He arrived as a feted and honoured guest, given pride of place in the middle of the room and decked in all the riches and finery that we had to offer. But since then he has been behaving like the sort of guest you can't wait to wave goodbye to at the end of the holidays. Offered to help himself to a drink, the bad guest avails himself of the whole of his host's drinks cupboard, wine cellar and bottles of single malt carefully stashed behind books on the shelves. Smiles become strained and a subplot emerges where the host seeks to find ever new and ingenious hiding places for his remaining supplies with an air of wartime conspiracy. Sometimes the bad guest will seek these out and, with great hilarity, proclaim the eccentricities of his host.
This was the sort of guest we had taken into our home. The first pint downed in under ten minutes, another an hour later; and again later that evening. No tree invited into our house had ever come so close to having a full-blown alcohol problem as this one. It wasn't until I heard him sipping loudly in the next room and actually heard him belch that I realised that our guest had gone too far this time. Rounding the corner quickly to try and catch him in the act I instead caught sight of Poppy (our black Labrador), head on one side scraping along the floor under the tree, lapping up the water from the cup of the Christmas tree stand. She slunk off to bed pretending to be part of the carpet.
You are making a store of food for Christmas which will last several days (hopefully) and that can be used in a cut-and-come-again manner. Like you I find a side of smoked salmon very useful at this time of year. You are also curing some raw salmon yourself in a mixture of salt, lemon and herbs. My cooking time at the moment is vying with the pressing need to whizz the hoover round and wash all the bedding so my list is fairly short now, along with the energy needed to do it all. I am looking forward to picking up the Turkey tomorrow from the farm up the road. I think it will have to live in the back of the Landrover for the next two days as the only safe place away from the dog and the cat. The fridge is full to bursting.
It is hard in the run up to Christmas not to feel under pressure from it all - whether it is your own endless lists which you either gradually tick off or discard as over-optimistic, and from the expectations of others; or even from your own traditions and shackles which you insist upon. Even you, normally so laid back and relaxed - or so it seems - are prone to a little stress.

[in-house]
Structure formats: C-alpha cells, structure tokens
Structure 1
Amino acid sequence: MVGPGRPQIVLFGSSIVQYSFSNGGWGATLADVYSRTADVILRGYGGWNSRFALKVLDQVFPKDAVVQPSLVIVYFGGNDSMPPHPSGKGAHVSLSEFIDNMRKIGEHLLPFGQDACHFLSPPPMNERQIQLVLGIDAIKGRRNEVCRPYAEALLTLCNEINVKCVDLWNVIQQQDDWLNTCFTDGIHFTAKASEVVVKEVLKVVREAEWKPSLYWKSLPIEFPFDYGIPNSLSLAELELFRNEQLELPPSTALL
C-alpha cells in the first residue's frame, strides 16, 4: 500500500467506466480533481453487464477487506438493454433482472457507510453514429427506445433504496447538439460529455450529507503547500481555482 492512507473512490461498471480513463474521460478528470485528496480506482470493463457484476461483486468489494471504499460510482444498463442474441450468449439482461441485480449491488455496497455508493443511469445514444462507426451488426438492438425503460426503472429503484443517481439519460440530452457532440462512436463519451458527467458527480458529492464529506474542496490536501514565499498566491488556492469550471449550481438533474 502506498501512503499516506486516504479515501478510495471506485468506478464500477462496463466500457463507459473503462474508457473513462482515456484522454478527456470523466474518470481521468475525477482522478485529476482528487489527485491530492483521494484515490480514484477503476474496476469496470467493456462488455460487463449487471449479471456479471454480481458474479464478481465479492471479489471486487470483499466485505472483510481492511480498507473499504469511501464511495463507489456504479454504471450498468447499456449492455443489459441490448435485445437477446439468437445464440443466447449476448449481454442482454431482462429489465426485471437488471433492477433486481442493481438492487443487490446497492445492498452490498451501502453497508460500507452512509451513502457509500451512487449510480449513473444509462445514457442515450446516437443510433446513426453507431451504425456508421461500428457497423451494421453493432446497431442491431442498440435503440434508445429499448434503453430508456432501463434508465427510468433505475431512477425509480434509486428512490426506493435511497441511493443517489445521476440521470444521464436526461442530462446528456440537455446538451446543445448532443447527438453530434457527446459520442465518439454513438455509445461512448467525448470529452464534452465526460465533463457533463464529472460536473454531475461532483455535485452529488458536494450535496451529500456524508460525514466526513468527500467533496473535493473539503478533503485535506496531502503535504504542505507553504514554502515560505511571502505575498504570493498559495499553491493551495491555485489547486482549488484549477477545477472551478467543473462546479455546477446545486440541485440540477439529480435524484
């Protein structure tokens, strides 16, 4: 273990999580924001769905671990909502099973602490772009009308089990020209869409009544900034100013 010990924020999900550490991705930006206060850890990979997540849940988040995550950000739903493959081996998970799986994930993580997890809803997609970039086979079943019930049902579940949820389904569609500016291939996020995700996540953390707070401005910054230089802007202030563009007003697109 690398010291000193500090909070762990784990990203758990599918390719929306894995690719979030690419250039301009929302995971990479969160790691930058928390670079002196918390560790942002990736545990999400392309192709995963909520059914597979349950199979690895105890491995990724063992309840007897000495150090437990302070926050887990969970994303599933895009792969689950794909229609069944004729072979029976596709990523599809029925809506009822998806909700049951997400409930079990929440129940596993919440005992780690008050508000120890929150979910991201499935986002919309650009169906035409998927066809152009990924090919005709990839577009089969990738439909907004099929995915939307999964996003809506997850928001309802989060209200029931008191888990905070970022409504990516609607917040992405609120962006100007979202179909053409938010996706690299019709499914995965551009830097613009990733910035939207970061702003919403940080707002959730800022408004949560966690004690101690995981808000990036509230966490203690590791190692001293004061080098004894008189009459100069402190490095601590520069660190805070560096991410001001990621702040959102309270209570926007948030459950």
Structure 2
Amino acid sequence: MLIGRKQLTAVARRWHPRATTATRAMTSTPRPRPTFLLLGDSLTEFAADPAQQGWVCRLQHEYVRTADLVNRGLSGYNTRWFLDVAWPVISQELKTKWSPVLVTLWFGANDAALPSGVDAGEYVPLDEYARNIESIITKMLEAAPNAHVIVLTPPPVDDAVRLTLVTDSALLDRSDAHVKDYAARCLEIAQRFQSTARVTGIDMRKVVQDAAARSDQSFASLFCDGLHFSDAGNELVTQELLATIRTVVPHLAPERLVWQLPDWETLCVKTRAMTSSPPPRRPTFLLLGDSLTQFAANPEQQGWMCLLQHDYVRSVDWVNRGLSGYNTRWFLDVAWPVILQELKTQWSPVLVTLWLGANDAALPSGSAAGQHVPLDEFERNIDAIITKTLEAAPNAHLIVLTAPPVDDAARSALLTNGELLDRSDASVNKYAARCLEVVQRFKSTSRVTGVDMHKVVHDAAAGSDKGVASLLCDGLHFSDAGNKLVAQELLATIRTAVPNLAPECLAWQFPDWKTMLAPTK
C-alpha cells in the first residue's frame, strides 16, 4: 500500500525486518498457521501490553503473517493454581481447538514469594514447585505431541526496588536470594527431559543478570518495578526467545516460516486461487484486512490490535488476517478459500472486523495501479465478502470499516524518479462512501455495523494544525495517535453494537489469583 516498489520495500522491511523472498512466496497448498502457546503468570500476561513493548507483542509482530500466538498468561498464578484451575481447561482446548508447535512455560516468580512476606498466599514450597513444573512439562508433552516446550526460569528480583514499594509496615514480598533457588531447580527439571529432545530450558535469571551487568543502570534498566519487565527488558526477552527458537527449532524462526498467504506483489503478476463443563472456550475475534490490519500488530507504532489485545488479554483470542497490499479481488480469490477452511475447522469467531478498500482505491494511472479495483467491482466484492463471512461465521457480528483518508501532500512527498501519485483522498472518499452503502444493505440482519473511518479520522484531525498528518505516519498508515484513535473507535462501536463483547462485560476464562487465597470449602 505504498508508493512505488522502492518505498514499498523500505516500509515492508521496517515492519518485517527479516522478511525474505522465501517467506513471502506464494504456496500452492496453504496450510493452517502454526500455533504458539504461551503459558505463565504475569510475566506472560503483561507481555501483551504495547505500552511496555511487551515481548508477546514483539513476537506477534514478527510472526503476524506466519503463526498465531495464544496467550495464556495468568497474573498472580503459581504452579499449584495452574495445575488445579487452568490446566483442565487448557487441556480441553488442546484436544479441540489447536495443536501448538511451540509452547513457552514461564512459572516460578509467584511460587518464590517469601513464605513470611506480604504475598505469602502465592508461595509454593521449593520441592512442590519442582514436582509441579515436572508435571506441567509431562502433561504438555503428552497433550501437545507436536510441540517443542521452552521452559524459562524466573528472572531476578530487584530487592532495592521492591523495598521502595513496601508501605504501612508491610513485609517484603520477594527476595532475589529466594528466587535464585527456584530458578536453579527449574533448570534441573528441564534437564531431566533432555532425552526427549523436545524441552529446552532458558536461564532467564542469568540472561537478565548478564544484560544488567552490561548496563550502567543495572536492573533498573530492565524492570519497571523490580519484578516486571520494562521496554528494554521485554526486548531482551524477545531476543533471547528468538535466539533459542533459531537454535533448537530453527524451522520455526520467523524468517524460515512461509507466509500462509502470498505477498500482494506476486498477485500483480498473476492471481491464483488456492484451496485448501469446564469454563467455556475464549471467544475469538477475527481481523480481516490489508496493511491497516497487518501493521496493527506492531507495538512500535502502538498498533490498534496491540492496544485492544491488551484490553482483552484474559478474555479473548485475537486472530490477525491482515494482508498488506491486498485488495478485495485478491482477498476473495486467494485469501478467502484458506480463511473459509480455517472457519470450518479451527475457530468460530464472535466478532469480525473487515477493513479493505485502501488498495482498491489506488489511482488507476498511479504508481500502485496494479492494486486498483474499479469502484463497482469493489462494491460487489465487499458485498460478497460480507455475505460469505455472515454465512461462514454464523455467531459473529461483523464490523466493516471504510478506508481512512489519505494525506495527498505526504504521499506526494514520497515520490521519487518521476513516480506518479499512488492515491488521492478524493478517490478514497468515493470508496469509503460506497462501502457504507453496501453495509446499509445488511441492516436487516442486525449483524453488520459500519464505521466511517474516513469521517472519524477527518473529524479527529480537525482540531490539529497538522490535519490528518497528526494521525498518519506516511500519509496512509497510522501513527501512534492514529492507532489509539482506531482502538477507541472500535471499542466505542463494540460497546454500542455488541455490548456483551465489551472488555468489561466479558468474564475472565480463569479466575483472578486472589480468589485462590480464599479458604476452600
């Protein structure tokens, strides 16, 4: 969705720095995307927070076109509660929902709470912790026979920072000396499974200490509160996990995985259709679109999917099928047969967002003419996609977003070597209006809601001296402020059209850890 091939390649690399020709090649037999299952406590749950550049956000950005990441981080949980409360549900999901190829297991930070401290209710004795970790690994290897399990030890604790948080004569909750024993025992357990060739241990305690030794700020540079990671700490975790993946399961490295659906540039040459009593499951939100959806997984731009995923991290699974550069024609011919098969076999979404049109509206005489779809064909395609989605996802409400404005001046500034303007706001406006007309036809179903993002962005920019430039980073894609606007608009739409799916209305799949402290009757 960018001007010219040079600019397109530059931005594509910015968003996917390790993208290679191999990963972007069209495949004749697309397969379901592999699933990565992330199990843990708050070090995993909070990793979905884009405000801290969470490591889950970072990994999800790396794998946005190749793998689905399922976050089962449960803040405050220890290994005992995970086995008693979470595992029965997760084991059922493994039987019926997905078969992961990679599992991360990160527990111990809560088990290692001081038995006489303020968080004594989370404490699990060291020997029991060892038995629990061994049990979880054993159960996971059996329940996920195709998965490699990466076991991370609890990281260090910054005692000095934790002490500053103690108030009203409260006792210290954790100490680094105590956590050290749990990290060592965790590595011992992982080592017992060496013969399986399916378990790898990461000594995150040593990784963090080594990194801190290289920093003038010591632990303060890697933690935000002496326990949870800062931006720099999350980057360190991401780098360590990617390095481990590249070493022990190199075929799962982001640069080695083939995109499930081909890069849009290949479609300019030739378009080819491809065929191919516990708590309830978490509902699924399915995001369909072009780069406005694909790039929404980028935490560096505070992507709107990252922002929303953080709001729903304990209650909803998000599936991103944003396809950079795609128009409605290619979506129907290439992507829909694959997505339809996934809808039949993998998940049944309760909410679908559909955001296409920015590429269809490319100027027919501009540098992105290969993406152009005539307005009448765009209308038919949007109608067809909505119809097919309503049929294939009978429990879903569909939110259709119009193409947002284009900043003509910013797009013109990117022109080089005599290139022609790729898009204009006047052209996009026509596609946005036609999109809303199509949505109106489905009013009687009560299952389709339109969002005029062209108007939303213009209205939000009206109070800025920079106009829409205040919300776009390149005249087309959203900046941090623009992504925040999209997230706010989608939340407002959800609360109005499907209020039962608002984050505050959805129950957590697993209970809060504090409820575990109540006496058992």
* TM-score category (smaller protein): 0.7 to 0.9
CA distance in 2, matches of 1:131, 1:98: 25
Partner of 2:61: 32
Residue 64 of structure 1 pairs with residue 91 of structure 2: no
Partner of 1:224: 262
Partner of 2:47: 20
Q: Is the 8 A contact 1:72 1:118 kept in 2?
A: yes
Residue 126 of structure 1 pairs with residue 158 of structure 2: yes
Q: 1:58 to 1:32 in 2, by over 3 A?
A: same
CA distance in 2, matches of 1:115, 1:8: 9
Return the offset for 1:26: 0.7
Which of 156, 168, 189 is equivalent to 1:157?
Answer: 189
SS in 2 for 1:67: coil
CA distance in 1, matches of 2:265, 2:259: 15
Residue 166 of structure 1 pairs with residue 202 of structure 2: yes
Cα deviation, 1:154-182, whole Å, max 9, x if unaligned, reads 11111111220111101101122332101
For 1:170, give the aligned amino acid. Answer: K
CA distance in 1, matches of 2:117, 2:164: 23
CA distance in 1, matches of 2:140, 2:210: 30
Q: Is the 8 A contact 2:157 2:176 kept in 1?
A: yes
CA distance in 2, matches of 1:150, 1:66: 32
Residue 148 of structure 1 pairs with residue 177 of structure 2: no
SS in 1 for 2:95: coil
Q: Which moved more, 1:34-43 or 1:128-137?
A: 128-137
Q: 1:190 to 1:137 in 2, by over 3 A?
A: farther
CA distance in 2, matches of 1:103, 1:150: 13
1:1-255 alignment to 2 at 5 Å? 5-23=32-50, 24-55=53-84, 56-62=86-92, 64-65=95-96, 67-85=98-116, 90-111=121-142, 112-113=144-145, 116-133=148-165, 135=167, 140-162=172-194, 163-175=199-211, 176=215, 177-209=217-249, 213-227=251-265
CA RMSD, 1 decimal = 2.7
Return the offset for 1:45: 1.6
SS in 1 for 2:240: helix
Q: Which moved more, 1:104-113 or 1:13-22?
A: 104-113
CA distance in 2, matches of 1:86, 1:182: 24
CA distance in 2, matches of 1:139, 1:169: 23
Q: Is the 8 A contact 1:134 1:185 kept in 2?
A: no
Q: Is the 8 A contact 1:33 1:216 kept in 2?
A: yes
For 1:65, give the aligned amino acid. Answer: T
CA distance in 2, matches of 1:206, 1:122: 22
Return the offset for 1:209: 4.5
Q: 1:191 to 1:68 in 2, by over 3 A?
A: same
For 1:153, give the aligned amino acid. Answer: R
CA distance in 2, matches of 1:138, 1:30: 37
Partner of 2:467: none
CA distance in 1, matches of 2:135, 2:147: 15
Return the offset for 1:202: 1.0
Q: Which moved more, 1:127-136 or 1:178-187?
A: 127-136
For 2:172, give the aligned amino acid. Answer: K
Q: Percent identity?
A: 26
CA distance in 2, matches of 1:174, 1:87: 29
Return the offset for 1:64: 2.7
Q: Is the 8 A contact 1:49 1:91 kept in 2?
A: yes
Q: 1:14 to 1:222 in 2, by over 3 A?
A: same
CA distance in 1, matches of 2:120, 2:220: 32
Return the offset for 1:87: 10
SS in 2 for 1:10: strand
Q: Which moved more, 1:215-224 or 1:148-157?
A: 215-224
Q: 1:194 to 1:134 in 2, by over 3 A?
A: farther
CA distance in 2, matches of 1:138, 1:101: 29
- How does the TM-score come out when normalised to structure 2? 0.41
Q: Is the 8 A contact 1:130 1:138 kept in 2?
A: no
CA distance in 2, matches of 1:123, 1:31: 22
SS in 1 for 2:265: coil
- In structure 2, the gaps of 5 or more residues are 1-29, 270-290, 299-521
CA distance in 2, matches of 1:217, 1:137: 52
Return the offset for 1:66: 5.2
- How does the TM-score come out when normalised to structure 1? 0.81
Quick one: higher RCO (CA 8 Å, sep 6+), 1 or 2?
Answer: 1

'If I am going to lose it (and I do), then this will probably be the month. When there is too much going on, I have a fast, failsafe fish soup that seems to make life manageable once more.' The recipe is for 'Lifesaving soup' ( page 498). It involves miso paste and vegetable stock, a little Vietnamese chilli paste (an ingredient I have to confess I've not come across), some broccoli, salmon and prawns. I like the idea of food as medicine and we all need a bit of a life saver right now - that and a stiff drink.
Took my fiddle to the village pub here the other night. With the vicar doing an Elton John impersonation on keyboard we led the rabble in a round of carol singing. Someone had suggested, I think, that since there is a very steep lane in our village which leads down to a ford at the bottom, and some of the older ladies might not be able to get back up it, that singing in the pub instead was a good idea (at least that was the excuse I was given). Carol at the pub put on a simple hot supper with a donation to church funds from each meal sold. The pub was packed and it seemed to go down well anyway.
You arrive back home with a bag of clementines. Like you, they are the essence of Christmas for me. Often I am to be found head in the fruit bowl sniffing the zest as I peel. It takes me back to childhood every time when somehow they were a special treat to be found down the bottom of a stocking along with a single coin and a handful of presents. Stockings these days are definitely getting bigger and more elaborate than one of Dad's old walking socks.
You use the clementines in a recipe of 'Roast duck with apples, clementines and prunes' (page 492). The zest is added to the apples and the fruit mixture used as a stuffing for the meat. A second clementine holds the stuffing in place. This is such lovely seasonal recipe, and so simple, that I might have to add a duck to my order tomorrow. I have a beef and game pie waiting for the family enriched with more than a slug of something a bit special. It is a time to gather people round. Christmas is about togetherness and sharing.So put the stress aside and take time to just enjoy the simple pleasures of good food and good company.
Merry Christmas, Nigel.